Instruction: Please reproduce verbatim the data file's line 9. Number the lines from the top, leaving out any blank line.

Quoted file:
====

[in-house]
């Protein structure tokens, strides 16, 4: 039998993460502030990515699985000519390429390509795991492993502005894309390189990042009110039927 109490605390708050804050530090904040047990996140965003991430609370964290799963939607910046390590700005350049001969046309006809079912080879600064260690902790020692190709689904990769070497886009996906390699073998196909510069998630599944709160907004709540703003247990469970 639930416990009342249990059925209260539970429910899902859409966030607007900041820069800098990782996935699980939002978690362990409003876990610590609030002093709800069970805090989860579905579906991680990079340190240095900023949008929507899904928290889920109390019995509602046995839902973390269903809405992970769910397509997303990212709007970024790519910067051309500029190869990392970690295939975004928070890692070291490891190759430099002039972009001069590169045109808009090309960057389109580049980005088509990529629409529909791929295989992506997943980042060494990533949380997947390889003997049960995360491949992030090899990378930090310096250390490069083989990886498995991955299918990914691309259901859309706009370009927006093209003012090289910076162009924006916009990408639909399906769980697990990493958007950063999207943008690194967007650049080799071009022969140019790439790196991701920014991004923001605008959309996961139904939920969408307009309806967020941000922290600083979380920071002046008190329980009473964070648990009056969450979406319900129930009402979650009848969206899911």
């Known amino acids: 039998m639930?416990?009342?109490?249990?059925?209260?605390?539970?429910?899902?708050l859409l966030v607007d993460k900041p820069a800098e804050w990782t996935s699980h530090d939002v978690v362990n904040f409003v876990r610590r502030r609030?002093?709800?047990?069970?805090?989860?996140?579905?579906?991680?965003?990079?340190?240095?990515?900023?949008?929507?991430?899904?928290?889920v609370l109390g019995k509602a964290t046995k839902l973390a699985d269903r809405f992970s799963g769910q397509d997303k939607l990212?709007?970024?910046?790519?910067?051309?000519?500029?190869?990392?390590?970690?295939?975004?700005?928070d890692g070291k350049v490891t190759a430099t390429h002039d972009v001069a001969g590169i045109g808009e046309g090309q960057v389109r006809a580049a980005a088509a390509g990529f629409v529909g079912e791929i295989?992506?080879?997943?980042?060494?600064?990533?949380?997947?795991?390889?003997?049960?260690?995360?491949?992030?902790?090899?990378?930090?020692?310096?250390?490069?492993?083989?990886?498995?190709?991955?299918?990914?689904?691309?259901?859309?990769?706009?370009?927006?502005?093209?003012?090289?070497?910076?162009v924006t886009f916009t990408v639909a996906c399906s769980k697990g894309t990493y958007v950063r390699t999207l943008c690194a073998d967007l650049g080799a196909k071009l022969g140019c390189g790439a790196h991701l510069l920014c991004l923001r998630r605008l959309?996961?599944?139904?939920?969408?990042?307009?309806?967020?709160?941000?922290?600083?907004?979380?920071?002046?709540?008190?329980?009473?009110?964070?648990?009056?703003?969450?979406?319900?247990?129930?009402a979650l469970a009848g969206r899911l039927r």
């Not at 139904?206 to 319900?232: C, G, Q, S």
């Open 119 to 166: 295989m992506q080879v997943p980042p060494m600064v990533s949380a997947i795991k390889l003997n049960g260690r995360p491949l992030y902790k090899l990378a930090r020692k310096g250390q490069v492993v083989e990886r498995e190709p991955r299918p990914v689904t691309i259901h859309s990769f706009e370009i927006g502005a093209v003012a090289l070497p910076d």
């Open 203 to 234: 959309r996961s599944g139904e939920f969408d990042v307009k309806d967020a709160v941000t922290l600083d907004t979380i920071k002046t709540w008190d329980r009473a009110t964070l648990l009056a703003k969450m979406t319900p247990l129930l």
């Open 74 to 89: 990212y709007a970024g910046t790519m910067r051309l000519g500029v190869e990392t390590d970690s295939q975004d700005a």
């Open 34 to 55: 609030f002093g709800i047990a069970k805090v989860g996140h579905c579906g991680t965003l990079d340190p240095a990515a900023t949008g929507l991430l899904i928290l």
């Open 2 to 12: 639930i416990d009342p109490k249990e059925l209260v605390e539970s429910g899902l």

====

């Open 2 to 12: 639930i416990d009342p109490k249990e059925l209260v605390e539970s429910g899902l």